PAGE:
What are the key factors for creating a successful start-up? Is there a guarantee to ensure your start-up is a success? What can we learn from failure?
While it is impossible to answer how a start-up business can be a definite success, we can learn from failure and best practices.
CB Insights, a venture capital and angel investment database that provides daily real-time information about venture capital, analysed 101 post-mortem essays by startup founders to pinpoint the reasons they believe their start-up failed. The number-one reason for failure, cited by 42 per cent of polled start-ups, is the lack of a market need for their product.
Neil Patel from Forbes said: "Nine out of ten start-ups will fail. This is a hard and bleak truth, but one that you’d do well to meditate on. Entrepreneurs may even want to write their failure post-mortem before they launch their business. Why? Because every optimistic entrepreneur needs a dose of reality now and then. Cold statistics like these are not intended to discourage entrepreneurs, but to encourage them to work smarter and harder."
So what exactly do successful start-ups have in common? How can you prevent your start-up business to fail?
Below are eight considerations:
1. Finding the right service or product
Part of why Uber has experienced such astronomical growth is that consumers are driven by convenience and price. Giving people a better and cheaper option has been one of the major successes for many start-ups. But that seems an all too easy answer. One thing to keep in mind is that great businesses solve a problem. If you are dreaming of being the founder of the next Uber, start by narrowing down on a specific problem that you have and then fix that problem.
Co-founder of Uber, Garrett Camp, said: “Uber didn’t begin with any grand ambitions, it began as the answer to a simple question.”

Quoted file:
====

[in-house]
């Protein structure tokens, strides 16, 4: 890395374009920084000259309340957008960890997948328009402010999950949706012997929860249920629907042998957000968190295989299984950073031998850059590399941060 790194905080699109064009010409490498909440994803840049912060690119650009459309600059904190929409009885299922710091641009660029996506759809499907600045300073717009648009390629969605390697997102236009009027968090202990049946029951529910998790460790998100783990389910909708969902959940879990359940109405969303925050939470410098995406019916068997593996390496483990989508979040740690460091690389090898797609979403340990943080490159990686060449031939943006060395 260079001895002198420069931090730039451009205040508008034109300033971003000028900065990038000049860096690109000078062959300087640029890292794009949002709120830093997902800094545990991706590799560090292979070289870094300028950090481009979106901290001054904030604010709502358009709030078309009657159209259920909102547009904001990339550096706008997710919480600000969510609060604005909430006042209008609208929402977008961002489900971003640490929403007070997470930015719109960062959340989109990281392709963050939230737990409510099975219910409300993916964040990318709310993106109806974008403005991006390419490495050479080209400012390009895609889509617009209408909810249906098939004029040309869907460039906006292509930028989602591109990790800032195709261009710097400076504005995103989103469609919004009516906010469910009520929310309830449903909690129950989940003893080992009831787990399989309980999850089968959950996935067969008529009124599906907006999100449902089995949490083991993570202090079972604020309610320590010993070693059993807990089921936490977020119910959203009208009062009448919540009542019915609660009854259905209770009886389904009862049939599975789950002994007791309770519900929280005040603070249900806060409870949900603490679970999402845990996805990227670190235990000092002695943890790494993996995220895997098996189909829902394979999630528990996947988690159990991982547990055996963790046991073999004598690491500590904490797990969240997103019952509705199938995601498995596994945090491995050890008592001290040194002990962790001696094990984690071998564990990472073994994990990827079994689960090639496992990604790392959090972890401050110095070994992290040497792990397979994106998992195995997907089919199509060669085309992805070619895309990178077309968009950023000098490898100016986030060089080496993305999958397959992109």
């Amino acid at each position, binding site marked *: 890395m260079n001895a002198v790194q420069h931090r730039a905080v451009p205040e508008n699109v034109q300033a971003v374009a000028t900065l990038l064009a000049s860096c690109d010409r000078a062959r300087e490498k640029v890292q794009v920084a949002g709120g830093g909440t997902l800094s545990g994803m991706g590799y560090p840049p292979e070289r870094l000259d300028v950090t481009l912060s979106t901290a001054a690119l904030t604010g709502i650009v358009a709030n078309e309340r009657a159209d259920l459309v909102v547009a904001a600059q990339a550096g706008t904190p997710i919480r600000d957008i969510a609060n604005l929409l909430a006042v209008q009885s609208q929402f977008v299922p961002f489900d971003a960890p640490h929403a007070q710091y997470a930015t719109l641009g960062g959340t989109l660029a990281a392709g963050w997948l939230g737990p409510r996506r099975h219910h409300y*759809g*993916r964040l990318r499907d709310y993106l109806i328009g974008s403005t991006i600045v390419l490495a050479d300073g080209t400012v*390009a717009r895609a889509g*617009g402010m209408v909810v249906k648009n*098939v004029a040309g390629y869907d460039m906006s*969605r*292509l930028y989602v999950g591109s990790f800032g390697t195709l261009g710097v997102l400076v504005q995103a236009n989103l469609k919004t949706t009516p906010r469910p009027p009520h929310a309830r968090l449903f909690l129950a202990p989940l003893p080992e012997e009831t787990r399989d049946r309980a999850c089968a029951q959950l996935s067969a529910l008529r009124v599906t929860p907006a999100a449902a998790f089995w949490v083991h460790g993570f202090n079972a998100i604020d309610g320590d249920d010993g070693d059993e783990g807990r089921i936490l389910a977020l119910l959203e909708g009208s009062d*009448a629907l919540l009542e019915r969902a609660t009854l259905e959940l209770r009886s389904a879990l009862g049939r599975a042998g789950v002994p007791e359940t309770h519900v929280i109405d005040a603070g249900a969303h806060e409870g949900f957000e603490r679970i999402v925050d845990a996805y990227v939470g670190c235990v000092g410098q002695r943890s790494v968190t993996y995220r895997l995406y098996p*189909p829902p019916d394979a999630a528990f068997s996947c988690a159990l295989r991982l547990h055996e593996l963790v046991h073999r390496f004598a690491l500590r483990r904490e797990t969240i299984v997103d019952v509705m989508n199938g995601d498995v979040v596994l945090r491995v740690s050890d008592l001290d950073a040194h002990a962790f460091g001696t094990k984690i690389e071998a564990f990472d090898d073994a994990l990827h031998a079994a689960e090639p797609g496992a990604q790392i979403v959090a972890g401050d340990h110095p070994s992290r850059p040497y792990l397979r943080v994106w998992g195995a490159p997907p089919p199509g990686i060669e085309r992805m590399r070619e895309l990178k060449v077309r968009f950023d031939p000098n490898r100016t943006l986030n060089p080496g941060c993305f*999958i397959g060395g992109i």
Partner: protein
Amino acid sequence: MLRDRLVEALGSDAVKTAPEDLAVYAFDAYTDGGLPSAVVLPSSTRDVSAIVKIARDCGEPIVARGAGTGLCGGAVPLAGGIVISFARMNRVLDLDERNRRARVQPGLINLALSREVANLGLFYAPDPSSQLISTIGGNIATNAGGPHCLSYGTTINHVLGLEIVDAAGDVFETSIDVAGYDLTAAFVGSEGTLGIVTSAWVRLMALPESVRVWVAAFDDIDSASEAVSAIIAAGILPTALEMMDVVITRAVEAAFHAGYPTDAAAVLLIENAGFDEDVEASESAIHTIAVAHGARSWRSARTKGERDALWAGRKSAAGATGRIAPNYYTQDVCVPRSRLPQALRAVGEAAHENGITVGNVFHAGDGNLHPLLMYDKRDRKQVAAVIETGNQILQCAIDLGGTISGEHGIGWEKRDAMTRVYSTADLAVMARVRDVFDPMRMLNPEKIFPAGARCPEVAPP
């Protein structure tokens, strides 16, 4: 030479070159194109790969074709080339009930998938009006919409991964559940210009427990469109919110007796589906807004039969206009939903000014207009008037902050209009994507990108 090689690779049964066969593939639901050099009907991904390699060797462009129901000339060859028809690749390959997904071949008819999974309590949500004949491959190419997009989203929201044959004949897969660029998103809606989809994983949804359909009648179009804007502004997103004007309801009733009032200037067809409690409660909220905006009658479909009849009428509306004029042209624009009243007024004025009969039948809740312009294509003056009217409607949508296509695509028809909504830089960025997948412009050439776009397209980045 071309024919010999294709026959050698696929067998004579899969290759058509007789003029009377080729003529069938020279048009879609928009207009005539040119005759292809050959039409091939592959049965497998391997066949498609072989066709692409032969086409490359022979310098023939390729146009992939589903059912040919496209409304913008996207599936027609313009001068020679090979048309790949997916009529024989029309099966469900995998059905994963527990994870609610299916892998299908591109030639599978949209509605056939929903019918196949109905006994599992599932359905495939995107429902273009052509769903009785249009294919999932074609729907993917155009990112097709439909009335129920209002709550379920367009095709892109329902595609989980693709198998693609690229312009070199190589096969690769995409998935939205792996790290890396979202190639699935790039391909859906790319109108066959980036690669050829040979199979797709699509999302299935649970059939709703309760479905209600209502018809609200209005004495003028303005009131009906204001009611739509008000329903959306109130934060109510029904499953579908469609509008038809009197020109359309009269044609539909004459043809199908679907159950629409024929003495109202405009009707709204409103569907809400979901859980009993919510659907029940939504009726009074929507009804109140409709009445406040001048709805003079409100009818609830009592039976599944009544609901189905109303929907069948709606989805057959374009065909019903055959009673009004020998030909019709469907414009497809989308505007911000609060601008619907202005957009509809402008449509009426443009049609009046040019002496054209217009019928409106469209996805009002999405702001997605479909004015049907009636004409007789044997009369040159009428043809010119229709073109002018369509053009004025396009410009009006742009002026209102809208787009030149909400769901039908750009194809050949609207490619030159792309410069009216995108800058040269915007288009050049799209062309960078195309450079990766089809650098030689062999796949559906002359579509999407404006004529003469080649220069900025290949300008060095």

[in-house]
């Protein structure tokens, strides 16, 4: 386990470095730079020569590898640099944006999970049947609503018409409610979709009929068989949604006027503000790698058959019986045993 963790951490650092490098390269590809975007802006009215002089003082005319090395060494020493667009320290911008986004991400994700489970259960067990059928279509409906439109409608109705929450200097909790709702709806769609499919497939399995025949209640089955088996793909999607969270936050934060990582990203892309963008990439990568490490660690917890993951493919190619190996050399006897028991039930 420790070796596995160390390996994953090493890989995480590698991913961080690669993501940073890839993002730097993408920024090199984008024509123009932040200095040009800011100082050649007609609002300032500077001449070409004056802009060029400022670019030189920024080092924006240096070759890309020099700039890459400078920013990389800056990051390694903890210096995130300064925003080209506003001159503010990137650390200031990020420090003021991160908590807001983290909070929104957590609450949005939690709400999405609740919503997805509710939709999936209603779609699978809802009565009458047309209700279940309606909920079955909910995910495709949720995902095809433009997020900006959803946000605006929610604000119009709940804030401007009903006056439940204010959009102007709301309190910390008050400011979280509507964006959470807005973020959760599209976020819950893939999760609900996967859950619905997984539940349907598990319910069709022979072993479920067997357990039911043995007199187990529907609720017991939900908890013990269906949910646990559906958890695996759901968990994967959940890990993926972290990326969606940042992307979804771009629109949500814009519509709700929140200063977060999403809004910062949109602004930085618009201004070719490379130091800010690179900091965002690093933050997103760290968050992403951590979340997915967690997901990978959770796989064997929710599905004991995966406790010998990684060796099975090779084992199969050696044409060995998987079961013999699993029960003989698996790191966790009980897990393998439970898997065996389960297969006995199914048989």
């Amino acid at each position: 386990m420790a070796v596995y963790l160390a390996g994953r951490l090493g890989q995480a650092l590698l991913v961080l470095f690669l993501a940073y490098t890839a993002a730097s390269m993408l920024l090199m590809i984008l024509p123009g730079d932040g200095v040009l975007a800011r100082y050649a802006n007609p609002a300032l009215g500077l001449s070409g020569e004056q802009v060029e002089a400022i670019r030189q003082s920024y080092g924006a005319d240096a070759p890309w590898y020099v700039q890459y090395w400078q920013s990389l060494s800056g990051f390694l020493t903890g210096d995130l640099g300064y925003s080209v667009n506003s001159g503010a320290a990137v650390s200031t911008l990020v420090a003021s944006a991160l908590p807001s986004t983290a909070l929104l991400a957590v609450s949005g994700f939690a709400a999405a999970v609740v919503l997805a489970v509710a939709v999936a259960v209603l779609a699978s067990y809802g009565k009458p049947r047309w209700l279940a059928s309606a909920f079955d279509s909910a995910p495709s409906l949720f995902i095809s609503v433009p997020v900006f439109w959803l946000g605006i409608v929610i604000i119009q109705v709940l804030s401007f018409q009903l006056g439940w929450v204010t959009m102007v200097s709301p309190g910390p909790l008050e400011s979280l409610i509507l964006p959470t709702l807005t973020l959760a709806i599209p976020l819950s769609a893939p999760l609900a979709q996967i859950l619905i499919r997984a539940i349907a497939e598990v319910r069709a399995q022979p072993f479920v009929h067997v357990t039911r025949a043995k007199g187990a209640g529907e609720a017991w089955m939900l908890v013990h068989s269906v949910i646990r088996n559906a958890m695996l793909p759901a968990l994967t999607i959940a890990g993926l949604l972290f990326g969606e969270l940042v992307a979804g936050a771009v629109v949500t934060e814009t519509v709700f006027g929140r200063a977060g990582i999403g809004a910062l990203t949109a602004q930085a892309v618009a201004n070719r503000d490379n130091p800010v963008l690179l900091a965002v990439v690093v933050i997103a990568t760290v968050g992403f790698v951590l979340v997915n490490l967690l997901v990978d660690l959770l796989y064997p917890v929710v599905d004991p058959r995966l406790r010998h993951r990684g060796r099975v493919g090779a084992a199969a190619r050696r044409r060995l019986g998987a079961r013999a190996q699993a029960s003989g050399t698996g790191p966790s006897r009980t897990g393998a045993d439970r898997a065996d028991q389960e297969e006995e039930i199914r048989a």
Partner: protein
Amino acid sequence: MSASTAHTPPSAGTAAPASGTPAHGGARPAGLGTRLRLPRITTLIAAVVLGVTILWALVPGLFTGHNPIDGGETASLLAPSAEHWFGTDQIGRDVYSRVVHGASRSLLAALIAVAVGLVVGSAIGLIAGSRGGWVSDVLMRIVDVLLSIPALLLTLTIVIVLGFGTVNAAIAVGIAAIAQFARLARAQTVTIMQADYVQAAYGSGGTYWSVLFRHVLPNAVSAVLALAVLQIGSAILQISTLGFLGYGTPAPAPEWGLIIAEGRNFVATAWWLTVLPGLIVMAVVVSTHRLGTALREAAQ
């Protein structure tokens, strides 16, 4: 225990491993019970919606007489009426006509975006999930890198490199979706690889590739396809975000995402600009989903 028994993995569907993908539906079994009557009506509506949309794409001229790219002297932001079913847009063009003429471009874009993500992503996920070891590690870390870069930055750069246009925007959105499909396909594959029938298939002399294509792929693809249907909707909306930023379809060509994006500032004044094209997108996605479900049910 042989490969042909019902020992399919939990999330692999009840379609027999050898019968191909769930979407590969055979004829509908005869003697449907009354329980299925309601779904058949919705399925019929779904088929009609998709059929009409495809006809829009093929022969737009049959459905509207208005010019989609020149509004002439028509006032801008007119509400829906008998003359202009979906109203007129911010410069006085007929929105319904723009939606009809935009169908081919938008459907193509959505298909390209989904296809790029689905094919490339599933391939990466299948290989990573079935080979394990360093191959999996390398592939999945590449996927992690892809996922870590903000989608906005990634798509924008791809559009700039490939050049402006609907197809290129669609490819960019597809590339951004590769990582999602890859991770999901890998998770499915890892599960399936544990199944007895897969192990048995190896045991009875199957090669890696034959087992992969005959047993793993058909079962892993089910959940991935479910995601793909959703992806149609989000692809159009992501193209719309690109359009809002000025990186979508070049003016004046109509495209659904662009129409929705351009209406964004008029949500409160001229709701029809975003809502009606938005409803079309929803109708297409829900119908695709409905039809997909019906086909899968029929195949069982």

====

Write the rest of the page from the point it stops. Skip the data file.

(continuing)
2. Listen and learn from your network
There are five types of people in your network: family, friends, encouragers, naysayers and influencers.
Family and friends speak for themselves, and may also serve as mentors. Encouragers are positive people – they are probably not experts in the subject matter, but they love to encourage you and your ideas. Their evil cousins are the naysayers, who have nothing positive to say about your idea. Finally, there are influencers. This latter group is key because they are the ones who can connect you with others and others to you.
Remember also that everybody is a mix of the aforementioned types. Nobody is just an influencer or just a friend.
The key is to know when to leverage the right people at the right time. Finding angel investment is another good reason to leverage on family and friends. Many start-up businesses were funded by a wealthy uncle or an affluent friend. Listen to your network and learn from it.
3. Market research - A must do?
If you are really serious about your idea, you should ask yourself the following questions before getting even started: Is the market and the consumer ready for my product or service? What does my target group looks like?
If your product or service is very targeted - let's say you are only aiming at young, wealthy men - then you need to tap onto the right network. If you are going for a niche, you should find someone who fits the profile of your ideal customer. Find out more about all aspects of your buyer persona. Study similar products in the market, their positioning, distribution strategy, price, packaging and promotion and their strengths and weaknesses. What you want is to test your product in your target audience. You want to create a dialogue with potential customers and let them express what they feel, an open conversation.
4. Why is having a co-founder so important?
Paul Graham, Founder of Ycombinator, said: "Not having a cofounder is a real problem. A start-up is too much for one person to bear. And though we differ from other investors on a lot of questions, we all agree on this. All investors, without exception, are more likely to fund you with a cofounder than without."
A start-up business venture is a journey, and is often shared with other people. Choosing who you surround yourself with as a business owner is critical, but choosing who you will find your business with is paramount. In fact, some VCs consider the business idea secondary to the team itself. Whether you are a first-time founder or a serial entrepreneur, choosing who you will work with is, quite possibly, the most important decision you will make in the founding process. So choose wisely!